My calendar this year revolved around my 8th Ironman triathlon in the Woodlands on May 16. For those of you that support Ironman athletes in your life, you know that an Ironman isn't a solo event. It absolutely takes a full support system to not only train for one, but to complete one. My family, my wife, my boys, my friends, and my savior all have a part in helping me complete these races. Without them, I wouldn't be able to do a single mile of the race. When I found out that Alyssa was finally getting to go home, I was excited because it meant maybe we could see her while I was in the Houston area, but I wanted something more. Unlike Alyssa, I was selfish and wanted more than just to see her—I wanted to scream her name from the rooftop so everyone knew that Alyssa wins. I wanted everyone to know that God is providing treatment for His child and she is going to beat this cancer. I wanted everyone to know the Alyssa I knew that fought tooth and nail to claw her way out of this, all while inspiring others to be selfless and courageous people. I wanted Alyssa to know that my strength, my endurance, and my inspiration came from watching her these past 18 months. When I crossed the finish line on May 16 at Ironman Texas, my wife and Alyssa were in the finisher's chute to “catch me”. I wasn't in a very good physical state due to the weather being 100 degrees with 95 percent humidity and 35 mph winds all day, so catch is a nice way to say what they did for me. I managed to stand up long enough to get my medal from a volunteer. I then put the medal around Alyssa's neck. She was the real Ironman on this day. She was the one that proved anything is possible. She is the winner for this race and she inspires each and every one of us. It only took a small hug and a few words uttered from my lips to try and express my feelings about her inspiration and strength before my eyes were as full as the Pacific Ocean. Alyssa is my hero and on this day, I was able to provide a small symbol around her neck that shows that she is an Ironman in my eyes. She's my inspiration and with her on my side, I know anything is possible! We love you Alyssa!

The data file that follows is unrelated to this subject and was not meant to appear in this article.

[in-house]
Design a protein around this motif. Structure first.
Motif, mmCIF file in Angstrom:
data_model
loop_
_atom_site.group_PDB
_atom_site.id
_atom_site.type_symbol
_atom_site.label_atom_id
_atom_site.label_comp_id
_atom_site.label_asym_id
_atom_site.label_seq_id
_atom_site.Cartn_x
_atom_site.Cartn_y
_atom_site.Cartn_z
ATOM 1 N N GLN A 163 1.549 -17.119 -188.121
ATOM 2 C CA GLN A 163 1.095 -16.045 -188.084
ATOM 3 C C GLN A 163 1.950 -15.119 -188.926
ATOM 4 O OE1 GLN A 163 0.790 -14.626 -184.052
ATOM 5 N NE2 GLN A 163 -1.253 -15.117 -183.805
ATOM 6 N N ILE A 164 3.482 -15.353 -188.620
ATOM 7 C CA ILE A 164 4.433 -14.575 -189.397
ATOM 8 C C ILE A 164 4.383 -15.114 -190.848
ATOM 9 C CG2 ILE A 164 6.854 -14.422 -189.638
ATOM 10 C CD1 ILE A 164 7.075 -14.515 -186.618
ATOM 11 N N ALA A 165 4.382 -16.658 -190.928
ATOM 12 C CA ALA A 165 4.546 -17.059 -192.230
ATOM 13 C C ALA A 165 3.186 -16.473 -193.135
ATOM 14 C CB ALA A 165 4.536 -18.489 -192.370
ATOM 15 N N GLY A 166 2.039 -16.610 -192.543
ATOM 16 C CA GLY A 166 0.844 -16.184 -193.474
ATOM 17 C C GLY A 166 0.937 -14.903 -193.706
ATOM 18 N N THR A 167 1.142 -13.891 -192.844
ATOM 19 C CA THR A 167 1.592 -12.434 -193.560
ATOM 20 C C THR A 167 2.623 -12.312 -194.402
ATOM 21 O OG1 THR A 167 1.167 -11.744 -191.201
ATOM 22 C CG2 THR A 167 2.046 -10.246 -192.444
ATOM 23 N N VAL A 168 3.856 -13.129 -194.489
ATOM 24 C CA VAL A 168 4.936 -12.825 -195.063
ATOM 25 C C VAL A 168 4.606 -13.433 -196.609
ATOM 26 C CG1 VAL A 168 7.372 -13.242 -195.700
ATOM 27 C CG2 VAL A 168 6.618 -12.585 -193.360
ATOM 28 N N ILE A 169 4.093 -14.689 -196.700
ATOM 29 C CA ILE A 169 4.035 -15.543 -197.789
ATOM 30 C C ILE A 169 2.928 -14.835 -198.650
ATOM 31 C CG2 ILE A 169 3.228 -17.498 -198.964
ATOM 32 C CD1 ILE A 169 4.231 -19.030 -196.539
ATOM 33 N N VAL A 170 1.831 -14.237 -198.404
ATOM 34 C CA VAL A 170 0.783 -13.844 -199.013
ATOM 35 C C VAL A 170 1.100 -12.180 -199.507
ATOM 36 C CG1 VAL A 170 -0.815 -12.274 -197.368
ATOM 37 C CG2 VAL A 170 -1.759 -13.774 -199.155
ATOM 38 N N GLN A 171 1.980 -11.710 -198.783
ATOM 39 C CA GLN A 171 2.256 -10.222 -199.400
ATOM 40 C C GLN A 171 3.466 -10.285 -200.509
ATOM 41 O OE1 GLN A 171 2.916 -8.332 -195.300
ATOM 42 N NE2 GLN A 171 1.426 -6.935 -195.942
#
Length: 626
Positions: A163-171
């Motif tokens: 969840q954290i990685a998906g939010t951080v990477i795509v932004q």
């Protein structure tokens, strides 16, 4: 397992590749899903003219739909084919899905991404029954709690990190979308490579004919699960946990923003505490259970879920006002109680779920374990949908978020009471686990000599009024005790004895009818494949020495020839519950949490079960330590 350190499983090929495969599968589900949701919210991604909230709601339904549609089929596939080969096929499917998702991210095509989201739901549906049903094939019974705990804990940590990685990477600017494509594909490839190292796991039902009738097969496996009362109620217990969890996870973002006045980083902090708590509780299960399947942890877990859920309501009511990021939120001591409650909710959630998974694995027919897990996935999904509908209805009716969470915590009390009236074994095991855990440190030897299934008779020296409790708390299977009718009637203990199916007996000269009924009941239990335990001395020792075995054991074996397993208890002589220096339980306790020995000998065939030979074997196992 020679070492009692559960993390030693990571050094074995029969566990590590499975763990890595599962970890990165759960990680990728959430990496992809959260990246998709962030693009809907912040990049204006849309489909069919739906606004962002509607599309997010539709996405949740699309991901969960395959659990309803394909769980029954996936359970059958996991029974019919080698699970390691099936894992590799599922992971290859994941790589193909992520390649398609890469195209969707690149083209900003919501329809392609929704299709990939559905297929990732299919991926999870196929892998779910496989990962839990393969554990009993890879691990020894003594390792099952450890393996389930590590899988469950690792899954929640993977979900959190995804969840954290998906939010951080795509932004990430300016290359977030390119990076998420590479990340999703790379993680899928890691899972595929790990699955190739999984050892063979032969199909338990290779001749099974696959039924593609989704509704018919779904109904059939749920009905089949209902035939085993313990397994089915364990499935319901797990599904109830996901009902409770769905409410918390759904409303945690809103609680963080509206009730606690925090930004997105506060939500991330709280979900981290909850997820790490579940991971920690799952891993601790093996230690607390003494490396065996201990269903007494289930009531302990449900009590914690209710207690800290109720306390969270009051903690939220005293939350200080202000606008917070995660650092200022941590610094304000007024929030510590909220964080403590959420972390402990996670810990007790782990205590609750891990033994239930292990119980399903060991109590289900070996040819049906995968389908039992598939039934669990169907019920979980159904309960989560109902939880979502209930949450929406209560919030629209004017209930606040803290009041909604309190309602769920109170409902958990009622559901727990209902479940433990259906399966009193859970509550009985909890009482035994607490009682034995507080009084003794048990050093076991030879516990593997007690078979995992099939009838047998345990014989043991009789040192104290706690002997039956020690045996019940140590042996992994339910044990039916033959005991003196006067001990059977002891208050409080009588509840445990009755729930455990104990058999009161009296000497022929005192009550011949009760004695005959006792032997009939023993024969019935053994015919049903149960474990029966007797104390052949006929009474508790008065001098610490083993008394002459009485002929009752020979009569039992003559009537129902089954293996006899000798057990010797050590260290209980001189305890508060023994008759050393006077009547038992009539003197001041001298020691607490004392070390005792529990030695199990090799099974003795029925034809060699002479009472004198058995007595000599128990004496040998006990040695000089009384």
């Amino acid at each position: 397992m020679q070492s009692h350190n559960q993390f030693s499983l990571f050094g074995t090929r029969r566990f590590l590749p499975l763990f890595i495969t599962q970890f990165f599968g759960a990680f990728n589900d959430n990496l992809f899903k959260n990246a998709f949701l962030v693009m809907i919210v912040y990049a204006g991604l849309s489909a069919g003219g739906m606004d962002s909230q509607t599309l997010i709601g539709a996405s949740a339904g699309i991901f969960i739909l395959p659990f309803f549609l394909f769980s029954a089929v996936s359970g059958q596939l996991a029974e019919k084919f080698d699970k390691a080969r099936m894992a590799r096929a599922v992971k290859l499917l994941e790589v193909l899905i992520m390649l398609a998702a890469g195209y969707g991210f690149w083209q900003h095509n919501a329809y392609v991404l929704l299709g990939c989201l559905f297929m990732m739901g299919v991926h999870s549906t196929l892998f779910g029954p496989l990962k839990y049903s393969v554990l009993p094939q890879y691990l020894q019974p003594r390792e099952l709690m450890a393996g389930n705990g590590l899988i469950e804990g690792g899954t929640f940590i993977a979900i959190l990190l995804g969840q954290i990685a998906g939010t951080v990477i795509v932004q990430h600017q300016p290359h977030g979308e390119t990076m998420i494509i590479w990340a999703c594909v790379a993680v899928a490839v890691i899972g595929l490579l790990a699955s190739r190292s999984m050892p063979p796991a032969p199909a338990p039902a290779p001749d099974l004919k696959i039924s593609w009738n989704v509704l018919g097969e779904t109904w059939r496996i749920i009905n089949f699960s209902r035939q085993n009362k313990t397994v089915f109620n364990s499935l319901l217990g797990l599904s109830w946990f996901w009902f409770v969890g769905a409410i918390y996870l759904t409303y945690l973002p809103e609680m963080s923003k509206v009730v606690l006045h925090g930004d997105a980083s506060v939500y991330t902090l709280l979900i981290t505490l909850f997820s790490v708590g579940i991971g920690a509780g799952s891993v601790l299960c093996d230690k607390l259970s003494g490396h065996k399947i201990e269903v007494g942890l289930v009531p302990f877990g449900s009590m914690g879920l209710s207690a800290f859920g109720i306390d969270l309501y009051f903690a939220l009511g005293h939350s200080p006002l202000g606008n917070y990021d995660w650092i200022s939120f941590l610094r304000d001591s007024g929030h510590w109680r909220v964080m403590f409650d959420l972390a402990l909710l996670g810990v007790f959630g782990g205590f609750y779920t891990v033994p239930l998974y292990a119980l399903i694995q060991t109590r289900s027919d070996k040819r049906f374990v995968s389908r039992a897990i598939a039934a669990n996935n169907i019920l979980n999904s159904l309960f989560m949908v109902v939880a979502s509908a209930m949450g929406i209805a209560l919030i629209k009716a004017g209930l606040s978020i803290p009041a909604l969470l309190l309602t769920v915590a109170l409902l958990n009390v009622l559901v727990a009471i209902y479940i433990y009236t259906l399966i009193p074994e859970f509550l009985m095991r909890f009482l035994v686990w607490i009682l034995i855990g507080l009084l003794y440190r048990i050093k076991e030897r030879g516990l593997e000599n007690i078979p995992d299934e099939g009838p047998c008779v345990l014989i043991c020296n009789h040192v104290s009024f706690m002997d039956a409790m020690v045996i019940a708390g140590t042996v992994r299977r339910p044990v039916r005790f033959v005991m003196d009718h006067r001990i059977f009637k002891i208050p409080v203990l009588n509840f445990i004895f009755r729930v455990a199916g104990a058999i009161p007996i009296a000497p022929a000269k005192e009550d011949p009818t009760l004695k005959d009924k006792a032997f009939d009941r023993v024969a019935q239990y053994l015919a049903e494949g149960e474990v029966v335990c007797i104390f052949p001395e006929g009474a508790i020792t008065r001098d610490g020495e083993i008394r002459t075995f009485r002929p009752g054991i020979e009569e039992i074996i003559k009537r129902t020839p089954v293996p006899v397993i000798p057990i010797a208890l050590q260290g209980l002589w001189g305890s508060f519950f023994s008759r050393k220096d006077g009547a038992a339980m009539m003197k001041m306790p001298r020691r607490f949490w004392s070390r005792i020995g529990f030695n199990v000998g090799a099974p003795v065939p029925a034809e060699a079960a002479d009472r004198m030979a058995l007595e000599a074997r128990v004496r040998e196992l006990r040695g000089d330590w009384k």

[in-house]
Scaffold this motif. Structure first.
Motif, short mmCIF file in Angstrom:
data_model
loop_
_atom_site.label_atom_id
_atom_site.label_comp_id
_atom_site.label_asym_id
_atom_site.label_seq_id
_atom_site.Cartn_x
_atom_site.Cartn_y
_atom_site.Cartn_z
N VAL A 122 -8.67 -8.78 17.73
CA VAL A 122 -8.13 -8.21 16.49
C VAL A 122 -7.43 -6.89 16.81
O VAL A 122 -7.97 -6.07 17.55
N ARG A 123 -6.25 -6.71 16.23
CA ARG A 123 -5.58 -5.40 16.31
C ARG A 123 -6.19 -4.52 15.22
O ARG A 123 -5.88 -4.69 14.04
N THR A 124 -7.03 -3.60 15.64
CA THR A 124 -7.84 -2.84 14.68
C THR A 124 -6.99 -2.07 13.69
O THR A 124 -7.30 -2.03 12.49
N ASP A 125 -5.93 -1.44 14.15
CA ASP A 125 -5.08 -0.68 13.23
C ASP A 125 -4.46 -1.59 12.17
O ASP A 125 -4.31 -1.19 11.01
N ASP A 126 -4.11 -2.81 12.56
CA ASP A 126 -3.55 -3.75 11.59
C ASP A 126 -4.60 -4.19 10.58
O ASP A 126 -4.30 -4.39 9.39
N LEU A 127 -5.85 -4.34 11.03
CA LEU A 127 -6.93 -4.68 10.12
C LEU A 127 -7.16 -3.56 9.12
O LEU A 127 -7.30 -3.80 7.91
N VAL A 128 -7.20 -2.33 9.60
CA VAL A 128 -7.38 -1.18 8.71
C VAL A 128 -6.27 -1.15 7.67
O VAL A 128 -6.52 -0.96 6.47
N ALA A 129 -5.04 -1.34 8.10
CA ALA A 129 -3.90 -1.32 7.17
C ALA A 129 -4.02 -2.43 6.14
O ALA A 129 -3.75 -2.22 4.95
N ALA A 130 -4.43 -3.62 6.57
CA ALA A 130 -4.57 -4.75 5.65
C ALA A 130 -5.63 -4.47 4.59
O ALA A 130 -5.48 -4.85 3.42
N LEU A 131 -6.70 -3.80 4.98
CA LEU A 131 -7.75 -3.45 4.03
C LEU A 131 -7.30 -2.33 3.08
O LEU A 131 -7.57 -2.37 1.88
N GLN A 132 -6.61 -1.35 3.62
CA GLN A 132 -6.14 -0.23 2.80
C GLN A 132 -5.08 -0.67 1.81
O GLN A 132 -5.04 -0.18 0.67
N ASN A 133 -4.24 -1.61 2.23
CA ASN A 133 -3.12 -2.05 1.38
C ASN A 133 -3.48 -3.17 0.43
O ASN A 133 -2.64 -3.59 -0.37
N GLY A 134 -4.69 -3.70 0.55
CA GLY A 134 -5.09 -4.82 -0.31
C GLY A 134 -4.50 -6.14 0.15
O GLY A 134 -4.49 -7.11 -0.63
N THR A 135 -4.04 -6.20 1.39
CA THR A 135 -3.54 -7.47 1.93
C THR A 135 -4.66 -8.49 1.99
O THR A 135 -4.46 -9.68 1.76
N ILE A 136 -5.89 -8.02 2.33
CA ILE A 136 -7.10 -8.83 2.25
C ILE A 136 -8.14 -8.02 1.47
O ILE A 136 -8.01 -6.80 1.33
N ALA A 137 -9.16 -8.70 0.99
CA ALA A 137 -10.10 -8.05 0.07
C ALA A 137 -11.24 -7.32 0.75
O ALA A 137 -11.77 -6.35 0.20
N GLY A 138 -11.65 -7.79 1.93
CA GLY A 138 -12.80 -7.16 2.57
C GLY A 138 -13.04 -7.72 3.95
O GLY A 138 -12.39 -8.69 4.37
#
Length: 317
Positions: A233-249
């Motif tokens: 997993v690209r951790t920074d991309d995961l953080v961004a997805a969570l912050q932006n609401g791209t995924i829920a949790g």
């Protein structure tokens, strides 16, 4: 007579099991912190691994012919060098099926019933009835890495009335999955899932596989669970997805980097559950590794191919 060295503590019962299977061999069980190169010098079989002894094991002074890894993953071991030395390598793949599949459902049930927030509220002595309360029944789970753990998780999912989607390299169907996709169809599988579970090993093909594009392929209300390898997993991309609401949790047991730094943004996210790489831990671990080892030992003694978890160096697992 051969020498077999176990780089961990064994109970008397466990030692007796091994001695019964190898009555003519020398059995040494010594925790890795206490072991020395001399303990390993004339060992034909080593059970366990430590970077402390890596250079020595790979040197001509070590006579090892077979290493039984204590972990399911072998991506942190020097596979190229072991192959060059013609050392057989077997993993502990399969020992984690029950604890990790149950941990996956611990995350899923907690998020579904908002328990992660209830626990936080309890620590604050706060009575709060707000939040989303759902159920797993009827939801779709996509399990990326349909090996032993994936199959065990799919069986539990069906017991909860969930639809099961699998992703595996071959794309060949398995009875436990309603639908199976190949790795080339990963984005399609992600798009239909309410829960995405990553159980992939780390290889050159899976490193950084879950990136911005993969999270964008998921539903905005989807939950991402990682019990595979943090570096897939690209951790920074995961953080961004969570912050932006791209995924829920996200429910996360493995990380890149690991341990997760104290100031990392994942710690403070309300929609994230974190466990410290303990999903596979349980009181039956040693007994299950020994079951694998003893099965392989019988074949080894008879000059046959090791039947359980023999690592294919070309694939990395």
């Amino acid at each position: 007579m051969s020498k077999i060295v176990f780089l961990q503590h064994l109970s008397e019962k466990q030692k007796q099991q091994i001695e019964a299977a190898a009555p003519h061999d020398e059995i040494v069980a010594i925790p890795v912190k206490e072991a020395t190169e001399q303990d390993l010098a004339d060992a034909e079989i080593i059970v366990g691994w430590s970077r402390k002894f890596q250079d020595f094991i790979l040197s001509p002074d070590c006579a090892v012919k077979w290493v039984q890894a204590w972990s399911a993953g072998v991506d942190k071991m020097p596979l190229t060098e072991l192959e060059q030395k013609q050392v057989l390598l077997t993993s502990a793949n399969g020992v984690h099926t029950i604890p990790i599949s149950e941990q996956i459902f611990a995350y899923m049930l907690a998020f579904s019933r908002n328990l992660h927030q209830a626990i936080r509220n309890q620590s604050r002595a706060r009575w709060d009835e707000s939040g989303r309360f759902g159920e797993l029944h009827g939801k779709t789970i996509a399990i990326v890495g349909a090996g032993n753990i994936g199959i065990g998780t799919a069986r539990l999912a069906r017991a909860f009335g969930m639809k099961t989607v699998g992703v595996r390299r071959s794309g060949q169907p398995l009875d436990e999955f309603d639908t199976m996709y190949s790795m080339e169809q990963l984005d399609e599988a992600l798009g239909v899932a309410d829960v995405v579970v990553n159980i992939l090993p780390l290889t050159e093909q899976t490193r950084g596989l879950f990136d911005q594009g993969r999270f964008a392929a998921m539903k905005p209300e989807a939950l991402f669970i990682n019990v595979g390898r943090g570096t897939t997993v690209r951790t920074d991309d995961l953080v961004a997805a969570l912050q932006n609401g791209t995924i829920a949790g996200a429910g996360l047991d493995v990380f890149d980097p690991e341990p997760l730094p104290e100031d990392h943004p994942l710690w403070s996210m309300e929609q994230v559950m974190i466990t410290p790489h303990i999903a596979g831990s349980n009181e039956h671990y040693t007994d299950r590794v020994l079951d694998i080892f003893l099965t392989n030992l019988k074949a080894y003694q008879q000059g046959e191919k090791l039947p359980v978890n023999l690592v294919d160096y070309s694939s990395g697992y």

Alyssa is still in for the fight of her life. Less than a week after my Ironman race, she underwent another brain surgery that showed the tumor had returned. The doctors are confident they removed ALL of the cancer in her brain, it showed no signs of cancer in her spine, and she is undergoing more treatment to rid this disease from her body. She continues to inspire us and we continue to pray for her healing. With Alyssa, as they say at Ironman, Anything is Possible! I know her faith and courage will continue to provide strength to those that she doesn't even know she touches with her actions.